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Pay-TV broadcasters such as BSkyB and business-to-business magazines will weather the downturn well while the cost cutting measures of advertiser-funded newspapers, radio and TV networks may not be enough to ensure survival, according to a new report by Ernst & Young.

In the downturn of 1991, quality newspapers proportionally increased their prices by more than the red-top sector but still managed to perform better in terms of circulation, the company added.

Ernst & Young believes that 2009 will see a similar trend with all quality daily papers forecast to increase cover prices by at least 10%.

"The threat of readers moving to free titles, or online, will limit populars' [red top papers'] ability to increase prices with some titles going the opposite direction to maintain circulation," the report said.

Ernst & Young argued that for those businesses seriously affected by both cyclical and structural challenges "cutting costs may not suffice". The answer, says the report, lies in re-inventing media business models to deliver services in a "different and cheaper way".

The downturn will also hit online display and online classified advertising, although growth in digital search ad spend will mostly offset this, the company said.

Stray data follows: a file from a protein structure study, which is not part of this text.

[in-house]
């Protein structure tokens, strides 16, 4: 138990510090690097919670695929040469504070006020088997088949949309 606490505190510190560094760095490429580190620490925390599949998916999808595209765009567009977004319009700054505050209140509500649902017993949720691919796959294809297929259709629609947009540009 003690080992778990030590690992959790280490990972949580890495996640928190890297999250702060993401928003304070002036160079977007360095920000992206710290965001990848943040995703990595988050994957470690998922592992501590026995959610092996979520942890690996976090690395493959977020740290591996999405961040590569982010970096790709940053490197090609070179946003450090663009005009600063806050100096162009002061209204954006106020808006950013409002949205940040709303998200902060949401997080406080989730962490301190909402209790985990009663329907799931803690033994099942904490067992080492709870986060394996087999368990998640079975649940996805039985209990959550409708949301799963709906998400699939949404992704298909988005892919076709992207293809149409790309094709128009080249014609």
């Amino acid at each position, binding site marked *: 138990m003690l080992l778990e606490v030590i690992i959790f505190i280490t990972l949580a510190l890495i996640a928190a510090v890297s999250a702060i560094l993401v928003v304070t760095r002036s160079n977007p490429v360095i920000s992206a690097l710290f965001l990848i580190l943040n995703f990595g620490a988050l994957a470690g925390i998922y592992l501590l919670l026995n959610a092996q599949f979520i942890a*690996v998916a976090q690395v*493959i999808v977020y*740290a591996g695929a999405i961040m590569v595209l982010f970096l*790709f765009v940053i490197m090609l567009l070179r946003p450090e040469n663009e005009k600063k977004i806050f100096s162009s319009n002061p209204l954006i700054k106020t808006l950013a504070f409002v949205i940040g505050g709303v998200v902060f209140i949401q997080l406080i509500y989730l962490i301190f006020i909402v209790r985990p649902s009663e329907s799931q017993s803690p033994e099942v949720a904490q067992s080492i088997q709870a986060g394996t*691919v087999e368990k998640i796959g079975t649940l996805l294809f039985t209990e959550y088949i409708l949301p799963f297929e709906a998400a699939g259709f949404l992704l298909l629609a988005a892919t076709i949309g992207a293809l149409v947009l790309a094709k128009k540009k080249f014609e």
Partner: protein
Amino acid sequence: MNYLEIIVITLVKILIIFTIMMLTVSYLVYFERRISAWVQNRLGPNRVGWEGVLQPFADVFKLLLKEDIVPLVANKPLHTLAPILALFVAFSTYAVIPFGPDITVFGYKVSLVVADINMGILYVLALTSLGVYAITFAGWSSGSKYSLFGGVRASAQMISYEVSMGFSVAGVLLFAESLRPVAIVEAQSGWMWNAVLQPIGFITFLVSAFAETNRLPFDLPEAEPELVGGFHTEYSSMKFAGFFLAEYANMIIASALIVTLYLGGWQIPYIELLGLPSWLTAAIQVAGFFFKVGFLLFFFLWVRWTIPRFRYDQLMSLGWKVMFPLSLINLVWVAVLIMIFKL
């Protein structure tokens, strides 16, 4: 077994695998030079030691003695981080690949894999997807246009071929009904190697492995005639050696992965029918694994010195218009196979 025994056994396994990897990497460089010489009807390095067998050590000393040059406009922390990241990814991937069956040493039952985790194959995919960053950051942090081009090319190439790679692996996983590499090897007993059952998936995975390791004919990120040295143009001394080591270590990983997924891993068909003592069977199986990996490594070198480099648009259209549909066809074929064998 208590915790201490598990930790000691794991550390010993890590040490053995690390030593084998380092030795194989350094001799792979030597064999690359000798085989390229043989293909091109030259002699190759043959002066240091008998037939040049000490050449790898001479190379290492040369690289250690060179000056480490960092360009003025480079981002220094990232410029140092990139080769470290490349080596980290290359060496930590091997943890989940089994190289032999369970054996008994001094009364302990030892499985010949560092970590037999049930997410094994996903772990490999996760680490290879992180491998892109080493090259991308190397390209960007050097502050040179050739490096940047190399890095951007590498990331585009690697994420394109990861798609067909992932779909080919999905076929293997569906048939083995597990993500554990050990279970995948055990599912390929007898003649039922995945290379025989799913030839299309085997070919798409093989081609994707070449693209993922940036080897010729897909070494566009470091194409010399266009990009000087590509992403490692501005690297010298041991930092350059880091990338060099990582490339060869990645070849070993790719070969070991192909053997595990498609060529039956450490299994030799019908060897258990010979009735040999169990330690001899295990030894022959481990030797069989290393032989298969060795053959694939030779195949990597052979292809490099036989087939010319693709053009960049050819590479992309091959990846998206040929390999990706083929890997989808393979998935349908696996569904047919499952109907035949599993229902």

The report, published today and called Media & Entertainment … By Numbers, concludes that the advertiser-funded commercial television and radio sectors are "highly exposed", while the newspaper industry is "performing worse than in previous recessions".

However, cable and pay-TV services and business-to-business publishers will be the "best recessionary performers" thanks to a relatively lower exposure to advertising and large subscriber bases. Large media buying agencies and the market research industry are also expected to weather the downturn better, according to Ernst & Young.

Ernst & Young said the "multiplier effect" of the additional structural challenges facing advertising-reliant media companies, such as the flow of consumers to the internet, is pushing some business models to breaking point.

"These trends were not as prevalent in previous recessions and will be amplified in the current downturn," said Michael Rudberg, the head of media and entertainment at Ernst & Young.

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